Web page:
Of course football does not wait on political events and the next mid-week game was the following day, on 9 September, and it saw Arsenal playing the return game against Brentford, this time getting a 1-1 draw. As such Arsenal now had four games and one win, and although the newspapers were not so crass as to publish league tables this early in the season had they done so they would have found Arsenal sitting in 13th.
For this match Sidey and Milne entered the fray, meaning that now with four games played 19 players had been used. Male, Hapgood and Bastin were the only three who had played all four games. There was however one piece of good news; Drake had scored his first goal of the season.
But even without league tables everyone interested in football was aware of something extraordinary happening in the league (aside from Arsenal’s dilemma with the team they selected). For newly promoted Charlton, in the top division for the first time, and having won two and drawn two were now actually top of the league. In 1934/5 they had won the Third Division (south). In 1935/6 then had come runners’ up in the Second Division, and thus gained promotion. Now here they were at the top of the first.
But after four games Arsenal were seriously in need of a win, and finally they got it against 12th paced Sunderland, who seemed to have fallen even faster from grace than Arsenal. Having won the title last season, blowing away all signs of opposition, as a result of this game they had two wins and three defeats and sank to 19th. Interestingly however they retained their impressive form from last season at home, having won both games at Roker Park, but having lost all three away games scoring one and conceding nine. That fact may have taken the gloss off Arsenal’s win against them but the win was none the less welcome for all that. Arsenal were 3-1 up at half time with Crayston, Beasley, Bastin doing the honours. Roberts scored a fourth in the second half.
On 19 September Arsenal played away to Wolverhampton. Their home record was one win and one defeat thus far, but they beat the Cup holders 2-0. The one suggestion that there might be a bit of good news at Arsenal was that this time there was only one change in the team, Sidey replacing Roberts.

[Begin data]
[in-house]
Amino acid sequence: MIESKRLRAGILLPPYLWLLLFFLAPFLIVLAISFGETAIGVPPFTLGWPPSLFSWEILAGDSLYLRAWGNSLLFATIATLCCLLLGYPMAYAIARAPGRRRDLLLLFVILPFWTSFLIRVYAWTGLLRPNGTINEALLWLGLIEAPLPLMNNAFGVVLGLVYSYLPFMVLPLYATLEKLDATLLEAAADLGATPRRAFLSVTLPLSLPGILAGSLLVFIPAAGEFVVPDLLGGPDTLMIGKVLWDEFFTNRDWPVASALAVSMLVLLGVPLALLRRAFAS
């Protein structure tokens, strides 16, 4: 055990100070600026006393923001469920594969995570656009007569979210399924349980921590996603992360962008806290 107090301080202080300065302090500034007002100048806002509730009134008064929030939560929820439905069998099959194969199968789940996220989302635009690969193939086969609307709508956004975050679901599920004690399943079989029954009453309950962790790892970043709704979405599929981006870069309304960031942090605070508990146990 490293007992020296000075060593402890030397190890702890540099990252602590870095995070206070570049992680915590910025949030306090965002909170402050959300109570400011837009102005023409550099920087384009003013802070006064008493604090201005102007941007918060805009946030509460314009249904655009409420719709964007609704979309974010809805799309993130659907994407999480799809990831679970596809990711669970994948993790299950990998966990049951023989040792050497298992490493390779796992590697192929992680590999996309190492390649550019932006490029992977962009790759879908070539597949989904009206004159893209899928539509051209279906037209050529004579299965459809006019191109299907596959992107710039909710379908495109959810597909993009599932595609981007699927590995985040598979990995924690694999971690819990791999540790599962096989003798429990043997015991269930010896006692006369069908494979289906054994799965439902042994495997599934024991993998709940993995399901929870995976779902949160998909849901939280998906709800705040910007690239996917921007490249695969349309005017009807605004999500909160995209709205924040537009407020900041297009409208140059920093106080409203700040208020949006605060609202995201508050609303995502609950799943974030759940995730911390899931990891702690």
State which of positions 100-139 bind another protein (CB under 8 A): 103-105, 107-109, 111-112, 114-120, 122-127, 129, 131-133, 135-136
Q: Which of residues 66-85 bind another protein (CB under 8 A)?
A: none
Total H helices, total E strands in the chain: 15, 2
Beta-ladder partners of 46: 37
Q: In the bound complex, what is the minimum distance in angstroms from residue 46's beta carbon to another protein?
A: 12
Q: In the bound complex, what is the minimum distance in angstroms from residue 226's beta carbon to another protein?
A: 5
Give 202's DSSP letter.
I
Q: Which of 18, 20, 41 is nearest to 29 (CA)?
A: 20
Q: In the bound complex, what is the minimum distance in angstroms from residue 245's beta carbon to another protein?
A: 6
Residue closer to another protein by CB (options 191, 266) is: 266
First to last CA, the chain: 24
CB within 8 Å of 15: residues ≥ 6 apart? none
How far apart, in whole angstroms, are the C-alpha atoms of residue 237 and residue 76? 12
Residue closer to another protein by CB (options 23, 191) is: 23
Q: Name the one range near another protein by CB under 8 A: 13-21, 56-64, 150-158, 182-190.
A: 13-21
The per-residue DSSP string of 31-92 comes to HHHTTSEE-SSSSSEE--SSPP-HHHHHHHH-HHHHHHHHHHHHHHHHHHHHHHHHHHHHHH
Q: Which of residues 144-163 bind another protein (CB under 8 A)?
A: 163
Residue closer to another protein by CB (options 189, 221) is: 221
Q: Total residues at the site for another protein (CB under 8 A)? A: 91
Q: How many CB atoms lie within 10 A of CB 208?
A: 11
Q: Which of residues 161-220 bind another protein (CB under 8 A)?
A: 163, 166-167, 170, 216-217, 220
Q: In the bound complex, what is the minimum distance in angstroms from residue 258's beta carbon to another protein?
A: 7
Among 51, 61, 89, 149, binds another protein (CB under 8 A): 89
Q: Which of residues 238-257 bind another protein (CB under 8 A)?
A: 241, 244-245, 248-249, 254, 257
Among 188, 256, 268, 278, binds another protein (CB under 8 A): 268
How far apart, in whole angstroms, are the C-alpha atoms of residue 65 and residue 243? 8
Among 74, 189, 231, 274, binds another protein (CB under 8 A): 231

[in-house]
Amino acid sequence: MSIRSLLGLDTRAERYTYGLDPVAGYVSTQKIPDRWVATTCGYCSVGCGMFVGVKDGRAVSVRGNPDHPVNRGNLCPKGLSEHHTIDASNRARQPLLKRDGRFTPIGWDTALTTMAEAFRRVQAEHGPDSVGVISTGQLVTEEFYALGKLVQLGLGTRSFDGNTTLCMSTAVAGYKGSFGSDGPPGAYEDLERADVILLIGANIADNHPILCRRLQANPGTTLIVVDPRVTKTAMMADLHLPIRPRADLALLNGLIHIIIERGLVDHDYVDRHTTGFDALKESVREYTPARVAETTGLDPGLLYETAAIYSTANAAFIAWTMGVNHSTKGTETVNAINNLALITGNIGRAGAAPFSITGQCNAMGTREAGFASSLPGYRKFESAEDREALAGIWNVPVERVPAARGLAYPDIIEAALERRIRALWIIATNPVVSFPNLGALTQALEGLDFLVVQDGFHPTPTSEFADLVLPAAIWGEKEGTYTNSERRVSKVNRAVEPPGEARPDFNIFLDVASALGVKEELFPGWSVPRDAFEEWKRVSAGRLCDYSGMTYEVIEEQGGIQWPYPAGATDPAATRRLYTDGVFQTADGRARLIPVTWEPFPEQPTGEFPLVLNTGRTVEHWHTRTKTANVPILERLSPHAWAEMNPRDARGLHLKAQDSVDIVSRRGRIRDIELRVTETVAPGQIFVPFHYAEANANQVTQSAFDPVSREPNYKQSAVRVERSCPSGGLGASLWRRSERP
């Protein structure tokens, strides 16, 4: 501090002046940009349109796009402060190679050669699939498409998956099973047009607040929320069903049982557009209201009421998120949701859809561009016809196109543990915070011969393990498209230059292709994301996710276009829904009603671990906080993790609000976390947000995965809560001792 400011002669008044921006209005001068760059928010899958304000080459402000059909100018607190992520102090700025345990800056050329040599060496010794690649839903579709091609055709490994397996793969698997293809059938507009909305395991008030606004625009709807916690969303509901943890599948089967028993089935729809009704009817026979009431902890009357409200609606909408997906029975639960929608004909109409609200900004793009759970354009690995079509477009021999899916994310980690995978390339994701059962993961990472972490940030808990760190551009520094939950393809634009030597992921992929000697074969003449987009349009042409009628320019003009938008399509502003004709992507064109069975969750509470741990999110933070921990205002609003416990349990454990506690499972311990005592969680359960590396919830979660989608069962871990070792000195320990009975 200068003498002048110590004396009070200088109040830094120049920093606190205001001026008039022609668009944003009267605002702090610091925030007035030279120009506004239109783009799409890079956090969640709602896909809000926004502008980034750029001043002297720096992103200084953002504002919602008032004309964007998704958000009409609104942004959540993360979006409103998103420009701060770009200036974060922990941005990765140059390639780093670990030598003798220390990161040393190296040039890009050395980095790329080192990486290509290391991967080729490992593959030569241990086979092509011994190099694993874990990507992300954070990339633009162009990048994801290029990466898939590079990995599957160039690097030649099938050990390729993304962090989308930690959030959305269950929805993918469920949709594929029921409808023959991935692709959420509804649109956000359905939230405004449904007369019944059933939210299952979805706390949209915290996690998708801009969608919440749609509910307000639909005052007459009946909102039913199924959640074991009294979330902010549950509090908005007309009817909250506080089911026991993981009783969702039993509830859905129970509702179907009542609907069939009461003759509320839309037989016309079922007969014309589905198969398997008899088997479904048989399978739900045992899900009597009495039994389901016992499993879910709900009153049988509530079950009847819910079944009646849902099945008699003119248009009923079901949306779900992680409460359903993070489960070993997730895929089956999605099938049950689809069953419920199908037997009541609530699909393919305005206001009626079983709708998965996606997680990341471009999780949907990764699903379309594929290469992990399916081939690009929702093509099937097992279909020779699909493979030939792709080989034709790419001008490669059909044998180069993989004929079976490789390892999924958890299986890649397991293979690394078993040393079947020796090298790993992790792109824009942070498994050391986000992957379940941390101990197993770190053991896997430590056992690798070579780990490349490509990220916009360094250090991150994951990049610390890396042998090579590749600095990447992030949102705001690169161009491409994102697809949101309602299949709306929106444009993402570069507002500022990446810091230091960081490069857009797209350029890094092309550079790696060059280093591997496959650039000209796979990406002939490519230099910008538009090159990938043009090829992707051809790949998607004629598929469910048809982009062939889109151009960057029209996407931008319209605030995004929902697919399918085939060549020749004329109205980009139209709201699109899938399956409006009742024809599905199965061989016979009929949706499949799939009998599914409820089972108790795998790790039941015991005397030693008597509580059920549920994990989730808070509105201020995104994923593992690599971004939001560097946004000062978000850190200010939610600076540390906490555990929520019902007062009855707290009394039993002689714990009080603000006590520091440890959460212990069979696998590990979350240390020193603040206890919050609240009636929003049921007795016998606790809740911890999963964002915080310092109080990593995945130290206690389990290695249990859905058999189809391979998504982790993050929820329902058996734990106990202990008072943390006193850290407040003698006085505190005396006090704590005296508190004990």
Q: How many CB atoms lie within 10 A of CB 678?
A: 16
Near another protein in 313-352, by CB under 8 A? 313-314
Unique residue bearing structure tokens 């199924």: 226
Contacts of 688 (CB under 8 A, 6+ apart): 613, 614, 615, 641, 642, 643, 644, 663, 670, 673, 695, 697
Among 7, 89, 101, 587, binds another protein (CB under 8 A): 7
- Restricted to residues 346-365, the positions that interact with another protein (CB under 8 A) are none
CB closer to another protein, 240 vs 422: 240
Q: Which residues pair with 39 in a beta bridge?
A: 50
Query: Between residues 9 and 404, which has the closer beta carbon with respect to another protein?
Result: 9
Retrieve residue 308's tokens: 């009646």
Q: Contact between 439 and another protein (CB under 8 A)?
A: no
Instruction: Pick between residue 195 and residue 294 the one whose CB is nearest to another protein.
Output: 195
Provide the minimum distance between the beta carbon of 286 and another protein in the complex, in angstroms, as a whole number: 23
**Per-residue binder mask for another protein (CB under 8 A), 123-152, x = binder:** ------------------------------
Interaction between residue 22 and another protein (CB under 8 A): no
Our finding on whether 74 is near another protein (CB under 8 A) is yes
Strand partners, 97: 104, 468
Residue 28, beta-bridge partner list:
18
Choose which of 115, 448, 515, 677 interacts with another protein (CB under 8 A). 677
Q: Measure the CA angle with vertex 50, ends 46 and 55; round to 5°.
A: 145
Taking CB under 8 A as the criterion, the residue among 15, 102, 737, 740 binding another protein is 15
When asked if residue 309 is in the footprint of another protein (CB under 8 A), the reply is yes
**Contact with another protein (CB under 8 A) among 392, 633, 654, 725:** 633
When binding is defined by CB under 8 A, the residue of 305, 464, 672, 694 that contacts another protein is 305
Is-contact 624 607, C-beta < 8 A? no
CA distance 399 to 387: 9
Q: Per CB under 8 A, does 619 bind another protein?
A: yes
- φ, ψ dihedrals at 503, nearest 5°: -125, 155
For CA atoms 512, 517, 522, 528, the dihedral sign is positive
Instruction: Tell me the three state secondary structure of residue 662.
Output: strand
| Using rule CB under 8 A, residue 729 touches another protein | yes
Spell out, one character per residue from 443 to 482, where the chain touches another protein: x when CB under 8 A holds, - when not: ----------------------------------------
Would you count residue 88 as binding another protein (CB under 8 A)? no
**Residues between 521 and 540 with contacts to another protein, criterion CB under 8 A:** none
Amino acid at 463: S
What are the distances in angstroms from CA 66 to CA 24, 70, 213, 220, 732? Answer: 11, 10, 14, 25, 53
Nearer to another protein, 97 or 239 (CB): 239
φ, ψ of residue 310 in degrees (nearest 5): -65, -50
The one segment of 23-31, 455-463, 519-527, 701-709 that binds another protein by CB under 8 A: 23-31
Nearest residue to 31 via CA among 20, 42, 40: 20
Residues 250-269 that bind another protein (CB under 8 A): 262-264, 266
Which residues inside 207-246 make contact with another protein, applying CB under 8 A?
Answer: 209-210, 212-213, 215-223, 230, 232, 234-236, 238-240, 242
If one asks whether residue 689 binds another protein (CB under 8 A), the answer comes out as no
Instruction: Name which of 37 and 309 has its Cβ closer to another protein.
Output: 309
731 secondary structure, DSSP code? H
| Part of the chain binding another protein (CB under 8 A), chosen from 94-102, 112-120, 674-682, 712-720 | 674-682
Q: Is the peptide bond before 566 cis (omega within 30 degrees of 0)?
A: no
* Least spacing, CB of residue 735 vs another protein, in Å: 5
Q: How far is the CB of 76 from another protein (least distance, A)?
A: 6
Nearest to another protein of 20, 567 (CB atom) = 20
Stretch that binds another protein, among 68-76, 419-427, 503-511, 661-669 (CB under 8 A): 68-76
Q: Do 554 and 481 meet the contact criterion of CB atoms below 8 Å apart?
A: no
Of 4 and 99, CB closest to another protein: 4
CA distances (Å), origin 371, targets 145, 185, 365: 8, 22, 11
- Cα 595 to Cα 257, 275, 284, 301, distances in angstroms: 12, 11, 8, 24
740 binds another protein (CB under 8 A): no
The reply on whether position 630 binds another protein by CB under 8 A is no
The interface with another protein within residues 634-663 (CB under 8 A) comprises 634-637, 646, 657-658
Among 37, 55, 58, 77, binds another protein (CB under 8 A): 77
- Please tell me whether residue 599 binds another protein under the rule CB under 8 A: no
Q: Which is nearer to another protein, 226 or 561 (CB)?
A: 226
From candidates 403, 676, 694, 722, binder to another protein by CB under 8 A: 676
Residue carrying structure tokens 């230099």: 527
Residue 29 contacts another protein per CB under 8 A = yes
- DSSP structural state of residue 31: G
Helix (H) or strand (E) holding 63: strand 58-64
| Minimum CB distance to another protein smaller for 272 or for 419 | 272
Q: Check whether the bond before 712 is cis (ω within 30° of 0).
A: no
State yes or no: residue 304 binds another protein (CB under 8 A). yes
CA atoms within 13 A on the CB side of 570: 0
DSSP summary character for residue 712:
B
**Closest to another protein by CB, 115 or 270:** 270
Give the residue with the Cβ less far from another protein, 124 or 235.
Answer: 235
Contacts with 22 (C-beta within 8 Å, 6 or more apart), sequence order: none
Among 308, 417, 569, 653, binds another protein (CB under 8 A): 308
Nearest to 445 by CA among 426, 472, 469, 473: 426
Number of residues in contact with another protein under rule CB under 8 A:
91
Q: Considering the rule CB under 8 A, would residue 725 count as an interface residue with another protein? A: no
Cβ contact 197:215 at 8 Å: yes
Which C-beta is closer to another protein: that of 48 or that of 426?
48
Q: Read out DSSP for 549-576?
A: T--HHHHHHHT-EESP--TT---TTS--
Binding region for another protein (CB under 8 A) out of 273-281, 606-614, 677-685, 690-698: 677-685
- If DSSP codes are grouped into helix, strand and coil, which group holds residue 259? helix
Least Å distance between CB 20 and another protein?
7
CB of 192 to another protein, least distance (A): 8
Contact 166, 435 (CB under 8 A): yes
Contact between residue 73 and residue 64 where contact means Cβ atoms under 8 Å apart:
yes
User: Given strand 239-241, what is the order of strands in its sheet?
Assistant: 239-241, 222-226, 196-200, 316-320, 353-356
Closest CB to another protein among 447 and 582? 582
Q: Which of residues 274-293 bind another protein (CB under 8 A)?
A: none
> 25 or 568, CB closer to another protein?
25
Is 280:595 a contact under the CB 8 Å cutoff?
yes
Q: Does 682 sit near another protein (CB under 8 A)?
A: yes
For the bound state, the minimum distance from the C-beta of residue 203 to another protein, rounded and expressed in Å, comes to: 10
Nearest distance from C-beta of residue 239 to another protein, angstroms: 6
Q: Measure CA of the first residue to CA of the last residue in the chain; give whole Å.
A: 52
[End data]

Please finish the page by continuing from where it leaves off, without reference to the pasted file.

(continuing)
The next match on 23 September 1936 was the annual game against Rangers, and for this Dennis Compton made his senior debut at outside left, while his brother played left back. If Leslie Compton was a footballer who played cricket, the Dennis was a cricketer who played football, and as a cricketer he ultimately played in 78 Test Matches (he was a slow left arm bowler, and one of England’s most remarkable batsmen scoring 123 centuries in first-class cricket). At the end of his career a stand at Lord’s was named in his honour. Bernard Joy, the other young hopeful, came in at centre half. Davidson and Drake got the goals in the second half. The crowd is not recorded.
Finally in this tumultuous month Arsenal played the new league leaders Derby who had for several years been threatening to make the final breakthrough at the top. Dennis Compton obviously impressed against Rangers as he stayed at number 11, Bastin’s traditional position, and indeed he scored on his league debut (Bastin taking over from James at inside right). Arsenal were 13th before the game and the draw was probably a very acceptable result, helping to move them one place up the table. All four goals came in the second half.
Arsenal thus had used 20 players in the first seven league matches of the season. Here are the results so far…
|05.09.1936||Huddersfield Town||3||away||D 0-0||15||3||32,013||15,812|
|19.09.1936||Wolverhampton Wndrs||14||away||L 0-2||13||6||53,097||23,787|
|26.09.1936||Derby County||1||home||D 2-2||12||7||63,390||43,353|
The abbreviations, as always…
- Op pos, is the league position of the opposition before the game
- Pos is Arsenal’s position after the game
- AC is the average crowd in league matches for the home team through the season, providing a comparison between the crowd on that day (in the previous column) and the norm expected by the home side.
The league table at the end of September was thus: